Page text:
The City of Vanport and its Struggle with Racism Before and After the Flood of Vanport

The City of Vanport and its Struggle with Racism Before and After the Flood of Vanport

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It demolished everything within its path. It shattered the homes of thousands, it destroyed the lives of many, and it ended the lives of few. It was known as the Vanport Flood. On Sunday, May 30th, 1948 the Columbia River poured through the city of Vanport without any warning to the residents who lived there. Stuart Mcelderry described within his article “Vanport Conspiracy and Social Relations in Portland, 1940-1950,” that a railroad embankment serving as a levy gave way. Within 45 minutes the entire city of 18,500 people was under several feet of water and gone for good. The city of Vanport was home to many white and African American families who then became homeless. As devastating of a tragedy this was, the flood of Vanport was a stepping stone for racism within Oregon and the Portland area.
Due to the fact Vanport was temporary housing built in just a couple months, it lacked foundation and sturdiness. The fragile apartments caused the majority of the buildings to be swept away in the wave of water that was 15 feet above the actual city. (Oregonian). The surprisingly low number of casualties, along with the multiple day wait for the river levels to go down so that the city could be thoroughly searched, allowed time for rumors to be created about the flood due to the extent of the natural disaster. It had many people wondering whether or not HAP lied about the actual number of deaths that occurred. Theories consisted of the government secretly loading the dead bodies on ships, to the bottom-floor apartments being “clogged with bodies,” or that a school bus had been seen with limbs of children trying to escape through the windows. (McElderry) The aftermath of the flood left the thousands without a home, food, or for some, no ma...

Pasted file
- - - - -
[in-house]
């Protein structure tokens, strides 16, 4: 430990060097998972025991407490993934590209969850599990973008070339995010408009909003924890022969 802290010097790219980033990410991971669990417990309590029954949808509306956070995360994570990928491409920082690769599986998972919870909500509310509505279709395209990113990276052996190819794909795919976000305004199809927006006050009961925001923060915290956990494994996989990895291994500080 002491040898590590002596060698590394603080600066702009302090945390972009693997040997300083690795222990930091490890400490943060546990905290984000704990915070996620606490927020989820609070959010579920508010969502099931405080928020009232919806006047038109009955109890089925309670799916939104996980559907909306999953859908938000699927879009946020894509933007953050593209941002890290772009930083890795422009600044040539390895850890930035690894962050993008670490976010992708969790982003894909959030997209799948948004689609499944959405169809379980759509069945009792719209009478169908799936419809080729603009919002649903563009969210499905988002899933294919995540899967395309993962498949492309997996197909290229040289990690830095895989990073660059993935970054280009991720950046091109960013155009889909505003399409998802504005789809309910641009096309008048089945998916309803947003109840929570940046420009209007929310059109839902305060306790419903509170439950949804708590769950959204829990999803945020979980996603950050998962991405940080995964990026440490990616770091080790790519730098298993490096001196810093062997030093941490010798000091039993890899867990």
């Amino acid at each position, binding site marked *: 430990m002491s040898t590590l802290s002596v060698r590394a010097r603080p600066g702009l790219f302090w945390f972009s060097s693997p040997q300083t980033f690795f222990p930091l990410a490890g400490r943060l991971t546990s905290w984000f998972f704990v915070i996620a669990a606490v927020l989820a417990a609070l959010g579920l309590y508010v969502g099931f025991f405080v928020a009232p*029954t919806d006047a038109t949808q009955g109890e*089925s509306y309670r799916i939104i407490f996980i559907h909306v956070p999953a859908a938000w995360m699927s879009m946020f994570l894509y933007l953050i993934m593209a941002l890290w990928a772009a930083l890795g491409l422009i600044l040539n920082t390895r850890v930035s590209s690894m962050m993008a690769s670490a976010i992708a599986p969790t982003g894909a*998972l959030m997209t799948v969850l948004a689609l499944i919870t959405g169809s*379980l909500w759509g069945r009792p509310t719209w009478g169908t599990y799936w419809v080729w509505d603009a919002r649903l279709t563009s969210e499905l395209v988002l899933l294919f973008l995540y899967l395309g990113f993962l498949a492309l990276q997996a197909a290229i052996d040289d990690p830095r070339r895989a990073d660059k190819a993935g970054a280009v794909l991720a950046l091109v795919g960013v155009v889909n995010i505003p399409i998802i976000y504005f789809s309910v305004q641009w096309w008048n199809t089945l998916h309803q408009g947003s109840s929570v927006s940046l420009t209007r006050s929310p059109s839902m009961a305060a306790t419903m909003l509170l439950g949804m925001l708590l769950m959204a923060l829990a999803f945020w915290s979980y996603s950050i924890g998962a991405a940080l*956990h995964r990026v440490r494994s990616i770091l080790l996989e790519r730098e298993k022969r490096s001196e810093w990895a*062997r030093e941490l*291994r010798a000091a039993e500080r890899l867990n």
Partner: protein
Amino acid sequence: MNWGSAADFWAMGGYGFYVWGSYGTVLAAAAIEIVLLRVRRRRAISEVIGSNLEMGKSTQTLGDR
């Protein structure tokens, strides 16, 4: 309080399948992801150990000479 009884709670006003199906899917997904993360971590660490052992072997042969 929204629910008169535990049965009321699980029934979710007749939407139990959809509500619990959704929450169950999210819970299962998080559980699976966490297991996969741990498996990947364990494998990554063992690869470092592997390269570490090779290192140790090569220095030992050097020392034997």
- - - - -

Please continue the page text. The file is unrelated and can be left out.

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Abbott, Carl. "Vanport." The Oregon Encyclopedia. Web.
Law, Steve. "Vanport Flood Left Changes in Wake." Portland Tribune. Pamplin Media Group, 06 June 2012.
Maben, Manly. “Vanport.” Portland, Or.: Oregon Historical Society, 1987. Web. 86
McElderry, Stuart. “Vanport Conspiracy and Social Relations in Portland, 1940-1950.” Oregon Historical Quarterly. Vol 99, No.2 (Summer 1998), pp. 134-163
McGregor, Michael. “The Vanport Flood & Racial Change in Portland.” Oregon History Project. Oregon Historical Society, 2003.
Pearson, R. N. (1996). African Americans in Portland, Oregon, 1940-1950: Work and living
conditions – a social history. Unpublished dissertation, Washington State University
Department of History, Pullman.
Pearson, Rudy. "Vanport (1942-1948)", African American History in the American West: Online Encyclopedia of Significant People and Place. Web.

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